SMART Recovery is a popular resource for many people in addiction recovery. Some choose it as an alternative to a more traditional 12-Step program like Alcoholics Anonymous (AA) or Narcotics Anonymous (NA). Others choose SMART Recovery as a supplement to their 12-Step program. SMART Recovery and 12-Step programs share the three main principles of confidentiality, accessibility, and mutual support.
For those who are not comfortable with the spiritual aspect of 12-Step programs, SMART Recovery may be an option.
A Brief History of SMART Recovery
For decades the main self-help groups for people in recovery from substance use disorders were Alcoholics Anonymous and Narcotics Anonymous. However, some people did not feel comfortable with the spiritual and religious aspects of the programs. As an alternative to the 12-Step programs, Rational Recovery began in 1985. It was based on scientific principles and self-empowerment and did not have religious or spiritual aspects. In 1992, Rational Recovery and Alcohol and Drug Abuse Self-Help Network (ADAHSN) merged and incorporated. Two years later, the organization was renamed SMART Recovery.
What is SMART Recovery?
Self-Management and Recovery Training, known as SMART Recovery is a worldwide support group that holds weekly free meetings for anyone suffering from addiction to drugs, alcohol, or harmful behaviors, such as over-eating, gambling, or excessive internet use. SMART Recovery uses self-empowerment and evidence-based therapeutic modalities to help members overcome their addictions. At meetings, discussions center around the Self-Empowered 4-Point Program of SMART Recovery.
The 4-Point Program
Based on their needs, members of SMART Recovery decide the order in which they will address the 4 points. As members learn, understand, and work the 4 points, they acquire the tools, techniques, and skills they need to remain motivated and lead a balanced life, resulting in long-term sobriety.
- Build, Enhance, and Maintain Motivation to Abstain: If a person wants lasting recovery, they must be willing to stay sober. Individuals list their priorities and weigh the costs of using or drinking against the benefits of sobriety.
- Cope with Urges: Each person must determine their craving triggers. They learn to understand why they have the urge for alcohol or drugs and how to overcome their urges.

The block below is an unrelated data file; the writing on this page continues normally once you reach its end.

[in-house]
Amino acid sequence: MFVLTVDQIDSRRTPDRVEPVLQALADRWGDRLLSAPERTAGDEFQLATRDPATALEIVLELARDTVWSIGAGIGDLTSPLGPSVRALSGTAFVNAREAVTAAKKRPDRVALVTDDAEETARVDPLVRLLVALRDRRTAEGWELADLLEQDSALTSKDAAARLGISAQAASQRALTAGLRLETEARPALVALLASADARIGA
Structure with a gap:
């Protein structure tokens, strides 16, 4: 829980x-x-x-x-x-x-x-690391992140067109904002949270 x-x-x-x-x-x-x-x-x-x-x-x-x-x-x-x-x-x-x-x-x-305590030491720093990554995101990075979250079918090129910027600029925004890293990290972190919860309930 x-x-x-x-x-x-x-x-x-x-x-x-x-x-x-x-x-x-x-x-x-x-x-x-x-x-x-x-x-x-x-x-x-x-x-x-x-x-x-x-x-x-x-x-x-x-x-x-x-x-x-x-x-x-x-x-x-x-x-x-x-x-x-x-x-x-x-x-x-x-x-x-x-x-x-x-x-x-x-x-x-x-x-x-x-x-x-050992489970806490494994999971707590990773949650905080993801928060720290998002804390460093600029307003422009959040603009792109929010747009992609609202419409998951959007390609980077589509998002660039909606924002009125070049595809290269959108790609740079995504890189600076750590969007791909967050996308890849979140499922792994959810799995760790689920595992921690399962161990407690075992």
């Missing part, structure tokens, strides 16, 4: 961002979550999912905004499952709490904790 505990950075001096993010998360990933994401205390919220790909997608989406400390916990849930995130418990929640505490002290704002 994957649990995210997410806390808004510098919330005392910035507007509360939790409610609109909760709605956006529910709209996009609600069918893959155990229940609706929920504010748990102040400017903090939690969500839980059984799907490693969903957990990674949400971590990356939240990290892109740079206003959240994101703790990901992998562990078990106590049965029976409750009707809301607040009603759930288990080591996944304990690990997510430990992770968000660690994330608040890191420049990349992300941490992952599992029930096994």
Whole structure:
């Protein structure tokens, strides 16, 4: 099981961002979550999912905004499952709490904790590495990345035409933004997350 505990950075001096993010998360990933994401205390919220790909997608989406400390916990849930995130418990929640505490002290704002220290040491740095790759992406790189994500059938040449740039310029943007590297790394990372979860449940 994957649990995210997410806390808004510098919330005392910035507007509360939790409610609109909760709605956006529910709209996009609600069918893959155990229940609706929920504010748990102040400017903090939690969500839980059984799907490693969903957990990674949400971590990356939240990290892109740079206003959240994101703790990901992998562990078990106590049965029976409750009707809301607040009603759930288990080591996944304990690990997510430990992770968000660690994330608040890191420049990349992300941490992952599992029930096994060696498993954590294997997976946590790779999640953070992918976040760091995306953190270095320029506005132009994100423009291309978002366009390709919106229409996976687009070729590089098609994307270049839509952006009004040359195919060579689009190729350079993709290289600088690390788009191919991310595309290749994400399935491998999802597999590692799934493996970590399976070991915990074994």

- Manage Thoughts, Behaviors, and Feelings: By examining their thoughts, behaviors, and feelings, members learn what led them to substance use and addiction. Over time, they learn ways to manage feelings like anxiety or depression with self-acceptance and relapse prevention skills.
- Lead a Balanced Life: Choosing sobriety is a big decision and life change for anyone addicted to drugs or alcohol. For sobriety to be lasting, the person must learn what it means to live a sober life. They must decide what is important to them and set realistic goals to plan for a healthy, sober future.
Differences Between SMART Recovery and 12-Step Programs
- SMART Recovery members go through six stages of change. Participants in 12-Step programs go through the 12 steps.
- Most 12-Step programs separate members based on the type of addiction. In SMART Recovery, anyone can attend any meeting regardless of their addiction.
- SMART Recovery does not use terms like addict or alcoholic. They believe labels do not serve any purpose.
- Some people will not admit they are powerless over their actions or circumstances. In SMART Recovery, they do not have to.
- Most participants of 12-Step programs make a lifelong commitment to the program. In SMART Recovery, people only attend meetings until they think they are no longer necessary or useful.
- There are no sponsors in SMART Recovery. Sponsoring and having a sponsor are important aspects of 12-Step programs.
- SMART Recovery does not refer to a higher power. 12-Step programs use the belief in a higher power as an aid to recovery.
Possible Disadvantages of SMART Recovery
Although the SMART Recovery program works well for some people, there are also potential disadvantages. Research results suggest individuals in SMART Recovery are more likely to drink or use drugs than those in AA. In addition, the leaders of SMART Recovery groups are not required to have first-hand experience with addiction. This may make it more difficult for members to trust that their leaders truly understand their experience.
Do You Need Help?
If you or someone you care about is struggling with an addiction to drugs or alcohol, now is the time to get the help you need. Finding the best treatment facility is essential for healthy, lasting sobriety. Call and speak to a skilled professional at English Mountain Recovery in the Smoky Mountains of East Tennessee. We will answer your questions and concerns. Our treatment specialists will guide you through every step of your recovery process and provide the tools you need to live a sober life.
About the Author:
Terry Hurley is a retired educational professional and freelance writer with more than fifty years of experience. A former reading specialist and learning center director, Terry loved her years working with children in the educational field. She has written extensively for print and online publications specializing in education and health issues. For the last six years, her writing focus has been on addiction and mental health issues.